With more than a third of residences being home to individuals 45 years of age or old, the number of Annapolis residents who rely on some kind of prescribed medication is not insignificant. Because of this, one might expect a certain percentage of the population to be affected by a pharmacy error at some time in his or her life. These types of errors, also known as pharmacy misfills, can cause serious injuries and sometimes even death for the individuals who end up taking the incorrect medicine.
Cases regarding pharmacy errors, misfills or erroneous medication prescriptions constitute just a small fraction of the medical errors that occur all across the United States every year. In fact, it has been shown that more than 300,000 people are injured in hospital alone due to errors in medication. Furthermore, innocent individuals of all ages have been known to die following instances of incorrect medicine being administered by physicians, nurses and other healthcare professionals.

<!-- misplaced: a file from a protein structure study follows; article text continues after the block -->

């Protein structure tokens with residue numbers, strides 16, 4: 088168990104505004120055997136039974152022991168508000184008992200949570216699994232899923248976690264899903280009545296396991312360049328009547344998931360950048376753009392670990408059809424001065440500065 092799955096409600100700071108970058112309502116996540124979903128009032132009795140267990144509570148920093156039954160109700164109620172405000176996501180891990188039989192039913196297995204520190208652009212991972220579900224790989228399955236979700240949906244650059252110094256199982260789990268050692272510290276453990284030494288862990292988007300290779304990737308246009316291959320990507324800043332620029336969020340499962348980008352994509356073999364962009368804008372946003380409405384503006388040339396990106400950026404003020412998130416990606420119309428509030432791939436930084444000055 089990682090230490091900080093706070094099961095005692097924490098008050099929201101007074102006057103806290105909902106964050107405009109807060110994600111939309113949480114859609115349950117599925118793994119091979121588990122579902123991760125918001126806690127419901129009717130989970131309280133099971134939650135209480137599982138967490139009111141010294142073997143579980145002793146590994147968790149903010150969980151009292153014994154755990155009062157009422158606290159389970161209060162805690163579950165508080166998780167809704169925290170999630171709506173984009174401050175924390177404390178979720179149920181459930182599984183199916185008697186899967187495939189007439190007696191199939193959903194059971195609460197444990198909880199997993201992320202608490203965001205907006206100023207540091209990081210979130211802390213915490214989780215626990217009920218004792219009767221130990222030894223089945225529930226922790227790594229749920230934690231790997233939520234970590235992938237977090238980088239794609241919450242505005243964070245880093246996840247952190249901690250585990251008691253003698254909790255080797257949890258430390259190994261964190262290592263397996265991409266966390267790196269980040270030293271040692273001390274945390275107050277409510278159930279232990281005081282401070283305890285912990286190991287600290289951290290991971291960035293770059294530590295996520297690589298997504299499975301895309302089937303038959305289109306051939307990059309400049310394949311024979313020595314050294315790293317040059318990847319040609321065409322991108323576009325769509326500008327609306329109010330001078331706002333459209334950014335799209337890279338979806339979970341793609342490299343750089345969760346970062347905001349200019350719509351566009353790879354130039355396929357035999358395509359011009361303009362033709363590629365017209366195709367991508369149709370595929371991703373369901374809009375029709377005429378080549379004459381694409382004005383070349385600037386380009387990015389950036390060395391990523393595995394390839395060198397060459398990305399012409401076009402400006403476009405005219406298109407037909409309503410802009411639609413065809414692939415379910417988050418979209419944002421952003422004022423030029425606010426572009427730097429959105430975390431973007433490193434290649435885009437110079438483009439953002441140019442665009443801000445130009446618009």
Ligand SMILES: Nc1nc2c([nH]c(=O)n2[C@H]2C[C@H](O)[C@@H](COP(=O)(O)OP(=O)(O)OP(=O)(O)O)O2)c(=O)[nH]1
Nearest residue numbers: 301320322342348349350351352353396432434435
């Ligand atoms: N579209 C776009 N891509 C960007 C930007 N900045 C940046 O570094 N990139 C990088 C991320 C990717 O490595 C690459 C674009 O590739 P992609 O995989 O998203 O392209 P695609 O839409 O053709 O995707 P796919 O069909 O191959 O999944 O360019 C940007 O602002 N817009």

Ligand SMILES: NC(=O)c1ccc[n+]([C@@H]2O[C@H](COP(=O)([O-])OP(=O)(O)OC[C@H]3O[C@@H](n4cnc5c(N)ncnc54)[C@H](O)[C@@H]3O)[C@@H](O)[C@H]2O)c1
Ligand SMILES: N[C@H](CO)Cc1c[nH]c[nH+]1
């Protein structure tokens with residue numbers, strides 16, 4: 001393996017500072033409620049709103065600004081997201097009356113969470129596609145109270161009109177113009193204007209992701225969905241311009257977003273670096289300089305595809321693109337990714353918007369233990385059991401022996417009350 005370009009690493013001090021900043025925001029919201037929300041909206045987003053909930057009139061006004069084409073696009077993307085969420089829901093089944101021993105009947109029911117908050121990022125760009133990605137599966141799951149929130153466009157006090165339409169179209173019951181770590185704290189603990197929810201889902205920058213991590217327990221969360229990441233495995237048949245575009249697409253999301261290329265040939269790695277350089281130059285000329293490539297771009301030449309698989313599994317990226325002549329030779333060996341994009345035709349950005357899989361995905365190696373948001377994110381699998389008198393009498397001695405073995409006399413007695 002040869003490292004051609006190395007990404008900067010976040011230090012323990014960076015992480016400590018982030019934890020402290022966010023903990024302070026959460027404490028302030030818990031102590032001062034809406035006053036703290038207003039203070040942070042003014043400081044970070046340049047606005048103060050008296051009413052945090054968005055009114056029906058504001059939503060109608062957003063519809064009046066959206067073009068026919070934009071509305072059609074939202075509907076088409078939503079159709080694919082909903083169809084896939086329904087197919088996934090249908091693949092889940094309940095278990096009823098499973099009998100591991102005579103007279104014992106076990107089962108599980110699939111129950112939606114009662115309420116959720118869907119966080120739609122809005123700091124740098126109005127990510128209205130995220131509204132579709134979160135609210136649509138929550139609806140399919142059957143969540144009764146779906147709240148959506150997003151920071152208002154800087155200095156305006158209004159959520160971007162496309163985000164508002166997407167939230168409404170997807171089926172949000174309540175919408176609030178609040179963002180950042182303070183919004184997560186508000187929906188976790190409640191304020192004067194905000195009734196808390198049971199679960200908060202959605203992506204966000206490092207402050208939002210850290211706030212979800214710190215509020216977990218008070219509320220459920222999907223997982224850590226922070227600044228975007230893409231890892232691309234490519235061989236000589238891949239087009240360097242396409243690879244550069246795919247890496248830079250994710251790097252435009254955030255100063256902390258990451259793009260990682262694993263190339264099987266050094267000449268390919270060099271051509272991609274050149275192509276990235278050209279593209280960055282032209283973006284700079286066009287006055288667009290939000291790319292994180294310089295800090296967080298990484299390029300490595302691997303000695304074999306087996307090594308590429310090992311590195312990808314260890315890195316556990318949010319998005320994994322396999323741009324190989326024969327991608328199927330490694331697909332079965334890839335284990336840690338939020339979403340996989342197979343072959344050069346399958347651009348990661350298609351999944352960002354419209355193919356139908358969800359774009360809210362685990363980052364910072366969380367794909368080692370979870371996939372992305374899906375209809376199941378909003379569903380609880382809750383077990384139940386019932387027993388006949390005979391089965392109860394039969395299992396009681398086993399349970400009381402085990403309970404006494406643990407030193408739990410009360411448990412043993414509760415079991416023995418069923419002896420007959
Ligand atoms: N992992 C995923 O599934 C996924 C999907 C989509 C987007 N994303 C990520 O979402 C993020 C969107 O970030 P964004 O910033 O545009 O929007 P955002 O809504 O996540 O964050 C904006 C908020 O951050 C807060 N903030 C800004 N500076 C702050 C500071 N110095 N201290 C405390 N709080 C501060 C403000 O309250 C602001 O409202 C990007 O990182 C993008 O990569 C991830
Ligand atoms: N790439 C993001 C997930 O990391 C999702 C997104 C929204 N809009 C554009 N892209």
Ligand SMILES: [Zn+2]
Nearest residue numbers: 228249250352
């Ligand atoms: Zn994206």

At Lebowitz & Mzhen, LLC, our skilled Maryland malpractice attorneys are knowledgeable in the laws that cover pharmacy error. These kinds of cases can include instances of the wrong prescription medication being placed in a pill bottle, dispensing an incorrect dosage of a particular medication, mislabeled medicines or providing erroneous instructions, and even the selling of one individual’s prescription to another unwitting customer.
Often, the cause of these sometimes deadly misfills can be traced to the policies of a corporate pharmacy chain requiring its pharmacists to fill far too many prescriptions within a certain period of time. It has been suggested that there is a business culture pervading some pharmacies and drugstores that tends to promote a high volume of retail prescription sales to the potential detriment of quality service. To put it another way: sales over safety.